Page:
For decades women have been advocating to be seen, treated and paid as equal to men. Gender discrimination has been made norm in our society because most of the lawmakers and people in high places are normally men. In Canada, there is a difference in opinion of what men and women think in regard to this ongoing issue. I agree that women are still underpaid, and they should be paid equally if their jobs are of comparable worth which requires similar levels of skill, effort, and responsibility and similar working conditions—that are held mainly by men.
According to Treiman et al. pg. 2, For many women, the slogan “equal pay for work of equal value” has replaced the slogan “equal pay for equal work,” which is embodied in the Equal Pay Act of 1963. More generally, the issue raised is that of pay equity in a labour market that is highly segregated by sex. While the opportunity to move out of segregated job categories may be welcome to many women, many others, who have invested considerable time in training for their jobs, demand wage adjustment in “women’s jobs” rather than opportunities to work in other jobs. This is a topic that makes sense, why should a woman spend the same time and effort to train for a job that her male counterpart is automatically paid higher than her? This is not equality and a breach to employment standards.
This issue sets the ground for discrimination based on sex. The laws that cover employment discrimination addresses the issue of equal pay for men and women doing equal work. The act describes equal work as that requiring equal skill, effort, and responsibility is performed under similar working conditions. Even though it is reported that women are getting less paid than men we have to explore some possible factors under which this may be allowed. Jobs which are performed under similar working conditions, except where such payment is made pursuant to (i) a seniority system (ii) a merit system (iii) a system which measures earnings by quantity or quality of production, or (iv) a differential based on any other factor other than sex. In these instances, it it fair for either sex to be paid higher given the above situations.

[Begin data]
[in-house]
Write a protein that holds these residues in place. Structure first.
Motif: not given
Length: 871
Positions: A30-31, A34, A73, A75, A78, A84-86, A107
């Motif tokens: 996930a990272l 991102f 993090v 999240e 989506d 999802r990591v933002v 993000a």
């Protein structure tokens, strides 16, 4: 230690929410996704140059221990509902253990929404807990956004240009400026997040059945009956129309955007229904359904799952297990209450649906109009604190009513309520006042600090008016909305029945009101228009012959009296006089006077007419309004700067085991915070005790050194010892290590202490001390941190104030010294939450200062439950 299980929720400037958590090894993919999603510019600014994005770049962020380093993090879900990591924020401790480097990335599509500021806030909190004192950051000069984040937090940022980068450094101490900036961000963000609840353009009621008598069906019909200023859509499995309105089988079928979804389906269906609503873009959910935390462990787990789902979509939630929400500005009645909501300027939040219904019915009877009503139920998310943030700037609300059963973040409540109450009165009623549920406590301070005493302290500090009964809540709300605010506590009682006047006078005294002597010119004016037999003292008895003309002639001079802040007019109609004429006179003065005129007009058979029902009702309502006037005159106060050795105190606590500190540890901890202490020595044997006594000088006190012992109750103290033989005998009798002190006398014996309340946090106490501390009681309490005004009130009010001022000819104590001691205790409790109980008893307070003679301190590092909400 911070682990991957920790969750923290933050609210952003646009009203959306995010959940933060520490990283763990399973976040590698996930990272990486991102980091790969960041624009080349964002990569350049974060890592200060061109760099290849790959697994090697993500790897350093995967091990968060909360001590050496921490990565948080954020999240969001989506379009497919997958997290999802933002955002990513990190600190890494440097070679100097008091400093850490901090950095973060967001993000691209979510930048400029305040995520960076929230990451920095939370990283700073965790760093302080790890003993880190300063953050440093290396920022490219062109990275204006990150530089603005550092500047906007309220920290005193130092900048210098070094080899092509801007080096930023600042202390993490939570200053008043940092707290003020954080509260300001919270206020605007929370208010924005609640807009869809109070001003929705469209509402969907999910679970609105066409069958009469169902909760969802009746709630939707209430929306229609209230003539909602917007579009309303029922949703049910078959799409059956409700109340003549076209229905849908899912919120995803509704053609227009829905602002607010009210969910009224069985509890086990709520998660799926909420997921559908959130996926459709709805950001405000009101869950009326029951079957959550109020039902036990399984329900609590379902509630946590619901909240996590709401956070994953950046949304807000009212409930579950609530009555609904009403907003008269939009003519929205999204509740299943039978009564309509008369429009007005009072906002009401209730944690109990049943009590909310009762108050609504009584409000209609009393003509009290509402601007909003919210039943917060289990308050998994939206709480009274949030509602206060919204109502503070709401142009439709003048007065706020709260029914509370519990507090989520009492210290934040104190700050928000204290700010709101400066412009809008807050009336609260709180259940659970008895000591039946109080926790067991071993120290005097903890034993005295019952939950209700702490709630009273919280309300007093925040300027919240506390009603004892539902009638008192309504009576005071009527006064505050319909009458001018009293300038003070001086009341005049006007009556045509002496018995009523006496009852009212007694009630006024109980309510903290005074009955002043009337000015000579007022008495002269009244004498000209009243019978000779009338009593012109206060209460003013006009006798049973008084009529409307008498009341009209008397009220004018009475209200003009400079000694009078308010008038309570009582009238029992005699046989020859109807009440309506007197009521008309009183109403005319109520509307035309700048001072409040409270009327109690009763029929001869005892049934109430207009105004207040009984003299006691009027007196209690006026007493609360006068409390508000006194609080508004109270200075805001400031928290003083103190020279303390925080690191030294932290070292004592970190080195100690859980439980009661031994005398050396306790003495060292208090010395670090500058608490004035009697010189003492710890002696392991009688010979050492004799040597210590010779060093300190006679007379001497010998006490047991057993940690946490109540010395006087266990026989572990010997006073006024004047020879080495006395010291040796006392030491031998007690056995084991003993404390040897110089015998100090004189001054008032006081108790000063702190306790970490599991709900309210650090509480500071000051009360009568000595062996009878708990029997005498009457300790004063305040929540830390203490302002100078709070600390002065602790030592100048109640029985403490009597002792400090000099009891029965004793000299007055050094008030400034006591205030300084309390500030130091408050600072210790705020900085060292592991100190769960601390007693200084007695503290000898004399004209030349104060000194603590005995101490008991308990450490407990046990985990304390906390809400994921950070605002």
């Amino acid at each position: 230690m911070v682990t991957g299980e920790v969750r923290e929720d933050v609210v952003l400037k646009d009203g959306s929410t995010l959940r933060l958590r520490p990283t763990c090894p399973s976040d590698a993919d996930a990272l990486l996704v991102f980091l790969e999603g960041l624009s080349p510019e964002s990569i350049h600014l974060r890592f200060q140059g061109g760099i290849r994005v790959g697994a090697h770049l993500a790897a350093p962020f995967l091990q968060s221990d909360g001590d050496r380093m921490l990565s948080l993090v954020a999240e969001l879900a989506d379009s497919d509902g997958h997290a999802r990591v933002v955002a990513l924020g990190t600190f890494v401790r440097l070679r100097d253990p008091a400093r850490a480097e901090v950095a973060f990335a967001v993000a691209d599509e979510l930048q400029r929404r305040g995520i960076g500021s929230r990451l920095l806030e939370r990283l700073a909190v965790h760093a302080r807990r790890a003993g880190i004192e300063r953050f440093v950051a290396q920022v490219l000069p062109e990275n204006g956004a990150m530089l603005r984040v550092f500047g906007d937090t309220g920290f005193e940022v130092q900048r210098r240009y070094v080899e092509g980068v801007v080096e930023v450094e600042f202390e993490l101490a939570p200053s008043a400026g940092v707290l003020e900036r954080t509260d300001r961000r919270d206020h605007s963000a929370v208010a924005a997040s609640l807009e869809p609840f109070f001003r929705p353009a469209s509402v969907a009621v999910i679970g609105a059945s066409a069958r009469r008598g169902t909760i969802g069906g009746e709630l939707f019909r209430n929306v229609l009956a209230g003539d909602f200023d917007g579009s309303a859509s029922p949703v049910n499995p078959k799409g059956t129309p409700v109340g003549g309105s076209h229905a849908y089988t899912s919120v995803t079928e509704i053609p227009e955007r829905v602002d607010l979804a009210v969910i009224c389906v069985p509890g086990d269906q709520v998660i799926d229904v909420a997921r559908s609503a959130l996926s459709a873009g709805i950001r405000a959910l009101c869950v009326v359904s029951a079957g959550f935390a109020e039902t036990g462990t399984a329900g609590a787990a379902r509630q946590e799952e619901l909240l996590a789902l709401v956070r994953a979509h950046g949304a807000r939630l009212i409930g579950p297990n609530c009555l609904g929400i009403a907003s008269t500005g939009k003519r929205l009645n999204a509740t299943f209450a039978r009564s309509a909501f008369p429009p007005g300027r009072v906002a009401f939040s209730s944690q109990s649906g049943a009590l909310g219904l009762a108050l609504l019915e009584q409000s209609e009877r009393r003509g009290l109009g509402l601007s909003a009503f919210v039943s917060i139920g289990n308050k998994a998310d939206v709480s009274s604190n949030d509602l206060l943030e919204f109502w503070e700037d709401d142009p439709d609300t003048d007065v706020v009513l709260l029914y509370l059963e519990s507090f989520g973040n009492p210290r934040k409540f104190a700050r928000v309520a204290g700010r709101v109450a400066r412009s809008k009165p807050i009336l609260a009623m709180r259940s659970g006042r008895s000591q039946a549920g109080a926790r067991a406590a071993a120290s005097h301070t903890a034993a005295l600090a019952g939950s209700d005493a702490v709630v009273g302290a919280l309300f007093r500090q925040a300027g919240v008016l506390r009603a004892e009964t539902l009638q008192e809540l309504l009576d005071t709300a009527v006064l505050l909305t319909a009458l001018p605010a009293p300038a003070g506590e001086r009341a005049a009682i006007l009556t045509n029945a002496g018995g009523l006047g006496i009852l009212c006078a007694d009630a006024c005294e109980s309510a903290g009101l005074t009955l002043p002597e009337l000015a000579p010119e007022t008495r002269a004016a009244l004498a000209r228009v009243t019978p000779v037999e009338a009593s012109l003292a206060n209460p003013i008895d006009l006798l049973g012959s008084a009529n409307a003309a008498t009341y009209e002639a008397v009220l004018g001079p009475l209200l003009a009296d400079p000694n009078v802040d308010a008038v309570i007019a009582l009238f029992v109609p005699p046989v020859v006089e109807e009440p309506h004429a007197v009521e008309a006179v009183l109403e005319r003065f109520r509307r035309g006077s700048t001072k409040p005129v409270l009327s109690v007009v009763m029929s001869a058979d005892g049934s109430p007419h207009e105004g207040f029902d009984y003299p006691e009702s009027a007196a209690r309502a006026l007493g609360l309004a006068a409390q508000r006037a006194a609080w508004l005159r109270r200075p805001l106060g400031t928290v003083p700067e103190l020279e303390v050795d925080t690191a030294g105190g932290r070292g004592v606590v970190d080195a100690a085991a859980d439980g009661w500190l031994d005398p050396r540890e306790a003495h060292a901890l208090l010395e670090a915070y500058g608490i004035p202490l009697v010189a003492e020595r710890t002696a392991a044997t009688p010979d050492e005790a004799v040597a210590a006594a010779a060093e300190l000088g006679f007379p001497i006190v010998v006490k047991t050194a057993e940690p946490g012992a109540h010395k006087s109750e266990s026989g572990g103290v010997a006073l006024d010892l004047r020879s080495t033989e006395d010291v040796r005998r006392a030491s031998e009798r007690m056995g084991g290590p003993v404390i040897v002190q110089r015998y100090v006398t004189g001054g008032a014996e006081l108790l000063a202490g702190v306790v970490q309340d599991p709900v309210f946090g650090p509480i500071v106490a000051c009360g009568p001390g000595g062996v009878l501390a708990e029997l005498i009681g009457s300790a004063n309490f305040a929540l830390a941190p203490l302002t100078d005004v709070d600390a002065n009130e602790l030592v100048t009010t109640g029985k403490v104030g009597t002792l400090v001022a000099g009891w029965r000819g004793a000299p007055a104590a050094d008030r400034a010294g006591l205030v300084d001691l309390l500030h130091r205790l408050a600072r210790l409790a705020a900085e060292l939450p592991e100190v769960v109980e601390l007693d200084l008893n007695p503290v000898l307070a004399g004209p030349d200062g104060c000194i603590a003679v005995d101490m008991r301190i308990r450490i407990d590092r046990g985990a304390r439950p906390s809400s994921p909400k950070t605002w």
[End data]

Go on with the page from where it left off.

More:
Even though employment standards in Canada prohibits gender inequality, the table above still shows major gaps between men and women depending on their race. Possible solutions to address this issue would be a model adopted by the European Union (EU):
- Government inference which companies has to make data public
- Enforce paternity leaves so men can get more involved with their families and set grounds for equality
- Subsidize childcare, employers put in place a free part-time nursery
- Mentorship program where women can learn how to negotiate their salaries,
- Transparency in salary- let everyone know what their colleagues are earning
- Promoting female entrepreneurship by providing skills development and train to improve women market access and encourage their business to grow and become more stable.